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Pramana

, Volume 71, Issue 4, pp 687–693 | Cite as

Phonon linewidths in YNi2B2C

  • L. PintschoviusEmail author
  • F. Weber
  • W. Reichardt
  • A. Kreyssig
  • R. Heid
  • D. Reznik
  • O. Stockert
  • K. Hradil
Article

Abstract

Phonons in a metal interact with conduction electrons which give rise to a finite linewidth. In the normal state, this leads to a Lorentzian shape of the phonon line. Density functional theory is able to predict the phonon linewidths as a function of wave vector for each branch of the phonon dispersion. An experimental verification of such predictions is feasible only for compounds with very strong electron-phonon coupling. YN2B2C was chosen as a test example because it is a conventional superconductor with a fairly high T c (15.2 K). Inelastic neutron scattering experiments did largely confirm the theoretical predictions. Moreover, they revealed a strong temperature dependence of the linewidths of some phonons with particularly strong electron-phonon coupling which can as yet only qualitatively be accounted for by theory. For such phonons, marked changes of the phonon frequencies and linewidths were observed from room temperature down to 15 K. Further changes were observed on entering into the superconducting state. These changes can, however, not be described simply by a change of the phonon linewidth.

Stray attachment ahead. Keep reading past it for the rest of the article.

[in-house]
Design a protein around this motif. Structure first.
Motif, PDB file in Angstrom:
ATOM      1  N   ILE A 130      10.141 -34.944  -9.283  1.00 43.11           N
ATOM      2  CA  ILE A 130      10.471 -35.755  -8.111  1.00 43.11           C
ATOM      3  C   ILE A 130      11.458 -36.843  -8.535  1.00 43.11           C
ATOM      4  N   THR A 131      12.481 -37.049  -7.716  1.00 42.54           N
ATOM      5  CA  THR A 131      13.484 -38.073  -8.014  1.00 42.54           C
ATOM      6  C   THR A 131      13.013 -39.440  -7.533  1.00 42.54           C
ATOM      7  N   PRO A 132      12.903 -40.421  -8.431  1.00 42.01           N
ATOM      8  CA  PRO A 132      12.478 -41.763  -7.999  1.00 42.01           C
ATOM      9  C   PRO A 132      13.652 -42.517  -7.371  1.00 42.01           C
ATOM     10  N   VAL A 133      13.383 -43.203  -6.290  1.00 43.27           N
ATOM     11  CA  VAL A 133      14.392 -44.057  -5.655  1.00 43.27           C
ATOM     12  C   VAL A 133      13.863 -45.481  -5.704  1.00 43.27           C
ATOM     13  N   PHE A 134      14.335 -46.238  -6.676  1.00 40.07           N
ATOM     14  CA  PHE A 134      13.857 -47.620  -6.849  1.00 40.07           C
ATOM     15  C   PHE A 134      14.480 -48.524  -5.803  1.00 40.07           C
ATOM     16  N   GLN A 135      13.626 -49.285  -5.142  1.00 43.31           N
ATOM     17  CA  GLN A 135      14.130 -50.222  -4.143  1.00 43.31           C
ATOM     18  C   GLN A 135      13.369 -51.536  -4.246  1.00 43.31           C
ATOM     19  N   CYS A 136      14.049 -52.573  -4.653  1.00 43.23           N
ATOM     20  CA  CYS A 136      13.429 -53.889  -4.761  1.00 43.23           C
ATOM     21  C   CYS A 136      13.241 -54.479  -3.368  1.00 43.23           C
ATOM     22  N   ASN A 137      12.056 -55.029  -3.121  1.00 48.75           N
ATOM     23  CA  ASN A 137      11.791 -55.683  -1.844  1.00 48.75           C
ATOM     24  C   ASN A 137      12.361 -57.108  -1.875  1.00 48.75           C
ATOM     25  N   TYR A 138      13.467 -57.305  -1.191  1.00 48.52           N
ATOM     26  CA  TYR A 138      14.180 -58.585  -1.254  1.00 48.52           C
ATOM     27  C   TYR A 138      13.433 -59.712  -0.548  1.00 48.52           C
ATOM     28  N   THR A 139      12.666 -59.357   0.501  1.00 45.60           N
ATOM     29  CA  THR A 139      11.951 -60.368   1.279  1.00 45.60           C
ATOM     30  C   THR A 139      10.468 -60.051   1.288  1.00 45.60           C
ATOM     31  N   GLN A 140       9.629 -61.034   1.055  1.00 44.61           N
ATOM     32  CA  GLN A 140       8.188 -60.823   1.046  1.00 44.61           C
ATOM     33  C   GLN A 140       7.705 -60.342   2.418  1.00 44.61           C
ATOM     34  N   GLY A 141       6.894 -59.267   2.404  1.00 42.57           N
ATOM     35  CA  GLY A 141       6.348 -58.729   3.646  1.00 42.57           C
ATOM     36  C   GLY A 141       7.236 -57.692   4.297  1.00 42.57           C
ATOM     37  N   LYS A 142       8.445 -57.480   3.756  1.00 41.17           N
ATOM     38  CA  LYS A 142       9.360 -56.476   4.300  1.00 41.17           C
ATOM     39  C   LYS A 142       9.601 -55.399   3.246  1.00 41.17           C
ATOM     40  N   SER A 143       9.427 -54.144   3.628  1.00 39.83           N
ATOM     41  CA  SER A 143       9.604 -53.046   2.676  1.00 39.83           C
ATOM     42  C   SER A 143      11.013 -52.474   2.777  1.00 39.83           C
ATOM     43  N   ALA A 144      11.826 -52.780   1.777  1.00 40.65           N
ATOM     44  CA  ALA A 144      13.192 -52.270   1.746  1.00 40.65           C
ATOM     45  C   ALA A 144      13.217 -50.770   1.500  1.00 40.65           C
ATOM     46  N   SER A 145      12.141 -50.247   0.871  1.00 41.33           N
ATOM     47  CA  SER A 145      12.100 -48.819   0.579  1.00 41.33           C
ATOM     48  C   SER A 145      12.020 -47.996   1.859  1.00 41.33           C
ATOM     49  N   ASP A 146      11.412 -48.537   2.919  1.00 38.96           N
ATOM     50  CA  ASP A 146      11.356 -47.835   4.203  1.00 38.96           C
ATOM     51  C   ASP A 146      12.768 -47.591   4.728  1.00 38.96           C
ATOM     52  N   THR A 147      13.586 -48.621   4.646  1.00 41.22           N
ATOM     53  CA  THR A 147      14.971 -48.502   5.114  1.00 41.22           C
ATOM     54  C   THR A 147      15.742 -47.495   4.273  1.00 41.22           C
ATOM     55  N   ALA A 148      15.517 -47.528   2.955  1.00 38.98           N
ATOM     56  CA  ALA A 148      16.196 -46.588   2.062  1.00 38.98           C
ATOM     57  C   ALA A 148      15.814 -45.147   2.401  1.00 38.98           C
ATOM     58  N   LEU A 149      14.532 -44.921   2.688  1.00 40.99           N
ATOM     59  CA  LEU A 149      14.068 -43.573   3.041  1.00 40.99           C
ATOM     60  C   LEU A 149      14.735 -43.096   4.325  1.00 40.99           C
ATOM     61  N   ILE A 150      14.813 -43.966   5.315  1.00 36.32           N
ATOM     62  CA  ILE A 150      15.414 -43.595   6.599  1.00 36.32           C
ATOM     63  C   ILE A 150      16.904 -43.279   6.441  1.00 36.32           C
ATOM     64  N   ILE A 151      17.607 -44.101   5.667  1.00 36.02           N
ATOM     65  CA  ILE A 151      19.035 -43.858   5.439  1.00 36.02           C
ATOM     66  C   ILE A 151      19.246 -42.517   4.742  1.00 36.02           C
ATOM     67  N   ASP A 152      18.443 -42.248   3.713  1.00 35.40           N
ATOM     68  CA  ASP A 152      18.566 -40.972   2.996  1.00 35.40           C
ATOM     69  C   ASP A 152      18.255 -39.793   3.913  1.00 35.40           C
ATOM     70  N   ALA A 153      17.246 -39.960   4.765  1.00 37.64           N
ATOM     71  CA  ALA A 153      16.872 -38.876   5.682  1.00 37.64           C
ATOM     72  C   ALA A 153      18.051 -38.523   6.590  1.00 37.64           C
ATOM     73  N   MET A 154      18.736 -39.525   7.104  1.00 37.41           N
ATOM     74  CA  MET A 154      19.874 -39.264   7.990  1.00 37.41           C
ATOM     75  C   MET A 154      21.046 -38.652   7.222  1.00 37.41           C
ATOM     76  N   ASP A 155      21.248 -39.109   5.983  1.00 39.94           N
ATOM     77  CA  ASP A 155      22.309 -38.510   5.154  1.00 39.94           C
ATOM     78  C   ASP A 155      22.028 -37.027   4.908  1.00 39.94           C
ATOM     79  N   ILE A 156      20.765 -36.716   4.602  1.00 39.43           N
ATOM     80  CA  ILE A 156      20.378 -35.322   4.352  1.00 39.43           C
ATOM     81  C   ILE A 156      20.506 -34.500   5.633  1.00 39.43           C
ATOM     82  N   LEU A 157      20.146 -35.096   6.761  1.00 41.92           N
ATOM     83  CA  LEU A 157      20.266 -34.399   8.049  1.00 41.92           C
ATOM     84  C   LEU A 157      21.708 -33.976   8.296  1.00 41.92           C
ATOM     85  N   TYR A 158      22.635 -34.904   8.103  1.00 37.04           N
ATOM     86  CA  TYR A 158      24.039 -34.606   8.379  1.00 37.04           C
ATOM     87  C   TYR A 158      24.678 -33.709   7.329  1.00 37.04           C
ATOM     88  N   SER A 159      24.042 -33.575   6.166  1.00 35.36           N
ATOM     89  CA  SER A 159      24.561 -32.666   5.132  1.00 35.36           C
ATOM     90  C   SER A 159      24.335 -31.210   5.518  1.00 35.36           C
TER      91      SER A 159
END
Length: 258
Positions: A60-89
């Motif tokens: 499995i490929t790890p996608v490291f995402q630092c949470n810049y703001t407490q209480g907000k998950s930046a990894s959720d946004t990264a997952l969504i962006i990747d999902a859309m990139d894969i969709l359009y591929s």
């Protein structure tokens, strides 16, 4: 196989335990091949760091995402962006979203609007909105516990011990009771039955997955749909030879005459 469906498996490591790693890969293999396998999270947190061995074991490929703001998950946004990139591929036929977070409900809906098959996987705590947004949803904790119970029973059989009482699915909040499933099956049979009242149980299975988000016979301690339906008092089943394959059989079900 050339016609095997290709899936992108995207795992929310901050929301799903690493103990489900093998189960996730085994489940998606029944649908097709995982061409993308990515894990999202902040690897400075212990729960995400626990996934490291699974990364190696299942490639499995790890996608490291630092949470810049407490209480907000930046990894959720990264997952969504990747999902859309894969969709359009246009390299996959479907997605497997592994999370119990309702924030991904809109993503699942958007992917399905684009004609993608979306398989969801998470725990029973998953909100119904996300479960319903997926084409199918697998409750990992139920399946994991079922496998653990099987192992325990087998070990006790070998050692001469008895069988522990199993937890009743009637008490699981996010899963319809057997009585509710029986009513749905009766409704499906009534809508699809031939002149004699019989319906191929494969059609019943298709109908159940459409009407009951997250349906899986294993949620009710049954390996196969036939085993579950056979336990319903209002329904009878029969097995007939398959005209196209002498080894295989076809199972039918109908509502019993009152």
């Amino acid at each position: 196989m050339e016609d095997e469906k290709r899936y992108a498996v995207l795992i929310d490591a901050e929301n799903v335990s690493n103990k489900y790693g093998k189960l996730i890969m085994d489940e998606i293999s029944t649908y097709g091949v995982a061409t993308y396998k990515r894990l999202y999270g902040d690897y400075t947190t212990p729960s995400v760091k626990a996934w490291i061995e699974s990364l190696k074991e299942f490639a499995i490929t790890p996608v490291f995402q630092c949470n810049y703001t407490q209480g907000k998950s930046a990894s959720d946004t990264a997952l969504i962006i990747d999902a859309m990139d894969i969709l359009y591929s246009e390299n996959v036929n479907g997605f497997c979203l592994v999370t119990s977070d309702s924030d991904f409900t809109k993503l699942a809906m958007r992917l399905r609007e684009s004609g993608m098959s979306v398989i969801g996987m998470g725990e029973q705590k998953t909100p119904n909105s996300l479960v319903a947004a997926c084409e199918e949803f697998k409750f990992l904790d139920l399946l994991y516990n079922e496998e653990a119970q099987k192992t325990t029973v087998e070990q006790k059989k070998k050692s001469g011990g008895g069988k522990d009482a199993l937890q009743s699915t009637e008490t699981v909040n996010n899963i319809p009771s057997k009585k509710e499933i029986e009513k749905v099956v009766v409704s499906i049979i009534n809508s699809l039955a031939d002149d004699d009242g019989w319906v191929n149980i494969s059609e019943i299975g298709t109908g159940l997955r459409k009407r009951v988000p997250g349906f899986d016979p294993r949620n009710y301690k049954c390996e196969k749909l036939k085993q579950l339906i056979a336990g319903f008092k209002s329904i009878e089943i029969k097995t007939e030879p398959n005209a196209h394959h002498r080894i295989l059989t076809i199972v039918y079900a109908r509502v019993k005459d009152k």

Keywords

Electron-phonon coupling density functional theory inelastic neutron scattering 

PACS Nos

63.20.dd 63.20.dk 63.20.kd 

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References

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Copyright information

© Indian Academy of Sciences 2008

Authors and Affiliations

  • L. Pintschovius
    • 1
    Email author
  • F. Weber
    • 1
    • 2
  • W. Reichardt
    • 1
  • A. Kreyssig
    • 3
    • 4
  • R. Heid
    • 1
  • D. Reznik
    • 1
    • 5
  • O. Stockert
    • 6
  • K. Hradil
    • 7
  1. 1.Forschungszentrum KarlsruheInstitut für FestkörperphysikKarlsruheGermany
  2. 2.Physikalisches InstitutUniversität Karlsruhe (TH)KarlsruheGermany
  3. 3.Institut für FestkörperphysikTechnische Universität DresdenDresdenGermany
  4. 4.Ames LaboratoryIowa State UniversityAmesUSA
  5. 5.Laboratoire Léon BrillouinCE-SaclayGif-sur-YvetteFrance
  6. 6.Max-Planck-Institut für Chem. Physik fester StoffeDresdenGermany
  7. 7.Institut für physikalische Chemie, Aussenstelle FRM-IIUniversität GöttingenGarchingGermany

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